In the quest for the perfect workspace, IBM and Steelcase , an international work effectiveness company, have created BlueSpace - an interactive and personalised ‘smart’ office. The joint project combines IBM's technology expertise with Steelcase's workplace knowledge to create a new office environment that integrates the physical workspace with advanced computer, sensor, display and wireless technologies.
With a combination of technology and design, BlueSpace enriches the overall work environment by providing greater comfort and personalization through unmatched user control, enhancing productivity, increasing collaboration and improving space utilisation.
Highlights of the elements in this fully Internet-enabled IBM-Steelcase smart office include:
BlueScreen: This touch screen, which sits adjacent to the computer monitor, puts users in control of their physical and virtual environments. Interactive icons allow users to adjust - with the touch of a finger - temperature, airflow or lighting to suit their preference. Users can direct heat to cold feet, adjust humidity levels, increase volume of white noise, or modify lighting based on preference or the focus of their work. Interactive icons help employees share projects, better communicate with their team members, and access real time news feeds.
Monitor Rail: This patent-pending moving rail consists of a work surface that travels the length of the work space and a dual monitor arm that almost rotates to a complete circle, allowing the users to be positioned anywhere in the area.
Everywhere Display: A display projects information onto any surface, be it a wall, desktop, or floor, transforming everyday objects into interactive displays, and untethering employees from their desktop computers. Wireless computer-processed sensing technologies enable touch sensitivity, allowing fingers to act as cursors, even on walls or desktops. A guest badge in the office vicinity automatically helps cloak confidential information by prompting the Everywhere Display to project a generic image.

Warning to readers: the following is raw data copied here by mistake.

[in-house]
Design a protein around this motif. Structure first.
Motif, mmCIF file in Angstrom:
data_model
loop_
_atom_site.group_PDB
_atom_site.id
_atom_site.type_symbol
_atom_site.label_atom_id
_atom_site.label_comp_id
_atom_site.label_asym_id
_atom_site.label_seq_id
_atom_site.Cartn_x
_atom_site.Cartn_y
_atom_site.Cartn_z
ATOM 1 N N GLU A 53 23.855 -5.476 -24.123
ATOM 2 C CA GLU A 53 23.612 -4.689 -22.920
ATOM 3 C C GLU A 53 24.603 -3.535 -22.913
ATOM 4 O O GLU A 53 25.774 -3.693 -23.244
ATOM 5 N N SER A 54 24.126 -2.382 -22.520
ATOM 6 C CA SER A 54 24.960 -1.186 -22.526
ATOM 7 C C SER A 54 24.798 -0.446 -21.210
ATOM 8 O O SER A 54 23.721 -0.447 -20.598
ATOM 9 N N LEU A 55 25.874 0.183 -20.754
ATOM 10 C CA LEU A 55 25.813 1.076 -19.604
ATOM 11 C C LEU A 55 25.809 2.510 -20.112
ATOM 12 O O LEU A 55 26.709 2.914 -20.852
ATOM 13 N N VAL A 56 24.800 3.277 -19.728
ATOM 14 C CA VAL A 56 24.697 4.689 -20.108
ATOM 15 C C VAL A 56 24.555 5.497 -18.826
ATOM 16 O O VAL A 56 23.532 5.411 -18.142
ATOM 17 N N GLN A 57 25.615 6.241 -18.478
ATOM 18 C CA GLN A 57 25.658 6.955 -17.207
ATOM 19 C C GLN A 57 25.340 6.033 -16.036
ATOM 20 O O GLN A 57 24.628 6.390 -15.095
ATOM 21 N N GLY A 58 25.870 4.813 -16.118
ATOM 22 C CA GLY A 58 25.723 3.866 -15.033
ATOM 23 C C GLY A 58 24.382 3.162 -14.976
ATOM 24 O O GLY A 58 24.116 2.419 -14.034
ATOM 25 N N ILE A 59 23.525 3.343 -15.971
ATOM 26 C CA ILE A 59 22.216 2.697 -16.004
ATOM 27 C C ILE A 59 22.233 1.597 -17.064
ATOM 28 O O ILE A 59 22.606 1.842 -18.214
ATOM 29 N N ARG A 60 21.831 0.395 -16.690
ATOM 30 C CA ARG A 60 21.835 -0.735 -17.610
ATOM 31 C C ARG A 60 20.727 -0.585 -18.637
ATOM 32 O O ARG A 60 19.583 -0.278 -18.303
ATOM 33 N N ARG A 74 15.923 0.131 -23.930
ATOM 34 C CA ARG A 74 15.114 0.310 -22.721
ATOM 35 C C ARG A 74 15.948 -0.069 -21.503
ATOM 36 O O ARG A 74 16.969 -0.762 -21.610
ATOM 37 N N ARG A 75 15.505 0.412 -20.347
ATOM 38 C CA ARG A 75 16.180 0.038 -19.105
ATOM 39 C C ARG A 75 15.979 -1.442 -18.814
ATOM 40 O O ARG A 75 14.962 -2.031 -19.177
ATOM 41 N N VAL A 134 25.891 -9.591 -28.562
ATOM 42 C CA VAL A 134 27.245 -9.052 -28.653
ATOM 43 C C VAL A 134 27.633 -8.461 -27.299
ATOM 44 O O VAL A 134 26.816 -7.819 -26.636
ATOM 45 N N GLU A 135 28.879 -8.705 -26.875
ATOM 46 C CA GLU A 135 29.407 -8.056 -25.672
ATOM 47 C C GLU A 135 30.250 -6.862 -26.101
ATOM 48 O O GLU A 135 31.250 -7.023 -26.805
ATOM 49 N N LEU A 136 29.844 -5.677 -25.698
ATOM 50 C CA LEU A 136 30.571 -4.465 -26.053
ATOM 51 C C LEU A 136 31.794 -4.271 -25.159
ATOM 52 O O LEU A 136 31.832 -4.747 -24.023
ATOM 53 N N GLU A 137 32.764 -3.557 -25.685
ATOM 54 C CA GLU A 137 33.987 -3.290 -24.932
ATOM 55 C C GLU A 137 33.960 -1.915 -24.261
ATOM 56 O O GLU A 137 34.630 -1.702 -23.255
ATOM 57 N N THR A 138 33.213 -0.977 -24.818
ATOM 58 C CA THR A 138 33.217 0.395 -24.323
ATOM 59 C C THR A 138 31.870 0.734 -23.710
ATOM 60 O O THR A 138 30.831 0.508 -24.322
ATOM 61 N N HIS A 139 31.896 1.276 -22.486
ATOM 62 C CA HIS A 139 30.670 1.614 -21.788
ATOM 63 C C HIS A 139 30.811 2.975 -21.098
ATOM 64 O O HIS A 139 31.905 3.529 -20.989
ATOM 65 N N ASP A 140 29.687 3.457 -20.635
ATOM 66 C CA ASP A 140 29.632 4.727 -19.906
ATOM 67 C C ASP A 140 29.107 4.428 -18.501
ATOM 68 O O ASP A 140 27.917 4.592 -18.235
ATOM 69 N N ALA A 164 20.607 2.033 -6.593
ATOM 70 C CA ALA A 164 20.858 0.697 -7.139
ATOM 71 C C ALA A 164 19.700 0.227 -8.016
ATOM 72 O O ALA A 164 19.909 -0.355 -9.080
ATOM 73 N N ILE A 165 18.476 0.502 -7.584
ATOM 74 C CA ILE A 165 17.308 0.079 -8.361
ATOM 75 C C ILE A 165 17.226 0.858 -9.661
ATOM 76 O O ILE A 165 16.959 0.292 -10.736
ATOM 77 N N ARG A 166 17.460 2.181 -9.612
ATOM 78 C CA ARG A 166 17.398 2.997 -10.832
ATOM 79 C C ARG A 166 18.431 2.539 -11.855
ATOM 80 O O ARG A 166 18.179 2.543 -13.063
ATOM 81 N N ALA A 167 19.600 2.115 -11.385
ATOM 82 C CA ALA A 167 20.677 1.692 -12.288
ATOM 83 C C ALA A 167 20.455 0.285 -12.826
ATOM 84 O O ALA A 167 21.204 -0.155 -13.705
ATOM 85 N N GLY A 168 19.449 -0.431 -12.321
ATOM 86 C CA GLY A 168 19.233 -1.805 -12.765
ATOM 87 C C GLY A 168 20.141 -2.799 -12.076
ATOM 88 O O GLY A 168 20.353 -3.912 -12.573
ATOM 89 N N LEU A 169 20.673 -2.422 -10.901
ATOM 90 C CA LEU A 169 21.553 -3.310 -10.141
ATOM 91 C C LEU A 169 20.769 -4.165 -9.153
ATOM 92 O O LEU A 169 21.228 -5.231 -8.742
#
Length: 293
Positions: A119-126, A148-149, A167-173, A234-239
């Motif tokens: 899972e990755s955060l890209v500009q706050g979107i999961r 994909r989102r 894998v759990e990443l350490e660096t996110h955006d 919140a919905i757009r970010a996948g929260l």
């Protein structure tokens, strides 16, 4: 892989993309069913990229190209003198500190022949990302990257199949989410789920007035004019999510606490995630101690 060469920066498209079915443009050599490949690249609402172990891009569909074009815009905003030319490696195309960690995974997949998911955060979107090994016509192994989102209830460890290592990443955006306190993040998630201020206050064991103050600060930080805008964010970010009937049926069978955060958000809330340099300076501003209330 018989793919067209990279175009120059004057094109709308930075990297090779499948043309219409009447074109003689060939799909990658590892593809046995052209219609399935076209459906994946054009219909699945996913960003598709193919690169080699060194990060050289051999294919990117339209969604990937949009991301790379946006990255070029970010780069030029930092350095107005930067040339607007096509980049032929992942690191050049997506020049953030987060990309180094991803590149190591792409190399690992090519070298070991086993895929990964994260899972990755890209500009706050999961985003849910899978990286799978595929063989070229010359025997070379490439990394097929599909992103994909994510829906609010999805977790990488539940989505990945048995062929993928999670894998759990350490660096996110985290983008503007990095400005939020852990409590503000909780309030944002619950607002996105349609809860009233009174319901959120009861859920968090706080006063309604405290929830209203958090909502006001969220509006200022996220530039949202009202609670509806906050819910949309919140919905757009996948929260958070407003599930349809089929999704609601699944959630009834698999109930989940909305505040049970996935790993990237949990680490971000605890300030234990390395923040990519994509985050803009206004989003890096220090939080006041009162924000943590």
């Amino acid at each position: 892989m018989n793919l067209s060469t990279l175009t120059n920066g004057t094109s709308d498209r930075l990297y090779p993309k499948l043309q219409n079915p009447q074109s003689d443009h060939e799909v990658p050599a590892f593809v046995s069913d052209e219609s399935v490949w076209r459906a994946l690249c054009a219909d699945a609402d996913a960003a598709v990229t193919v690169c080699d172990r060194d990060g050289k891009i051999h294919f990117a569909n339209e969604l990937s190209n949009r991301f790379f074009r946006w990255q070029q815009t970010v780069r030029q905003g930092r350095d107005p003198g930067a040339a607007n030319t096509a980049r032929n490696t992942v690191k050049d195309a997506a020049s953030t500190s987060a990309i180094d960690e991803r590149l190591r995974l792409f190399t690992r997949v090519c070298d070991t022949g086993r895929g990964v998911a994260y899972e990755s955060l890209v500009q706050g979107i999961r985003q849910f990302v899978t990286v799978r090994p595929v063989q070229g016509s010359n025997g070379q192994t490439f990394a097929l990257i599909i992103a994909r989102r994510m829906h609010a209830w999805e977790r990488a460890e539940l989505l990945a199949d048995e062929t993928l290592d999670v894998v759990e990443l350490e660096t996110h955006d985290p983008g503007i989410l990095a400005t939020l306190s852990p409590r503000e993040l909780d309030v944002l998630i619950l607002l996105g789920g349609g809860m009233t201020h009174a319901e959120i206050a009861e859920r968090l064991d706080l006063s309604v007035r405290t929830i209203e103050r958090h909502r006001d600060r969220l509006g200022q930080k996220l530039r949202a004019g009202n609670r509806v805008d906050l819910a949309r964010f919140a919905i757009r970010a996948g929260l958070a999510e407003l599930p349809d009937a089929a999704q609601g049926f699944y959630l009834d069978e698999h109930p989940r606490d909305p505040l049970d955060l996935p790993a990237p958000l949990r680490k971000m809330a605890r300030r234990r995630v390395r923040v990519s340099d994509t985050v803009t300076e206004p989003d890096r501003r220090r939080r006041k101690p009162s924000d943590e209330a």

Threshold: Designed in response to a need for increased privacy control, this patent-pending moveable work surface, ceiling and wall act as a "technology totem" that provides on-demand visual and territorial privacy to the user. Color-coded lighting at the top of the threshold in blue, red and green alerts colleagues when an employee is away, busy or accepting visitors. An integrated front panel display on the threshold can visually communicate what each employee wants to share with colleagues, such as current projects and scheduling. The lighting and entrance display promotes employee interaction without unwanted disruption.
"IBM's work with companies like Steelcase is part of a company-wide initiative to drive computing into everyday things not normally associated with computing, even furniture and walls," said Rod Adkins, General Manager of IBM's Pervasive Computing Division. "By combining IBM's technological expertise and Steelcase's knowledge of the workplace, we're now able to embed computing into the physical office and focus on creating work environments that fit the needs of individuals."
"As work becomes more collaborative and office workers become increasingly dependent on technology and the ability to be more mobile, Steelcase and IBM are offering new ways to develop future office environments that provide highly effective, user centered space," said Mark Greiner, senior vice president of ventures, concepts and research and development for Steelcase Inc.
Studying the ways people work through user observation and video ethnography, coupled with intensive focus groups, allowed IBM and Steelcase to identify a number of unmet and emerging needs facing today's knowledge workers. This includes the need to eliminate "distractions" through user control of the physical environment, to improve knowledge sharing and collaborative work through the ability to constantly display information, and to increase speed and access to information. These needs provided the basis for many of the elements developed and designed for BlueSpace.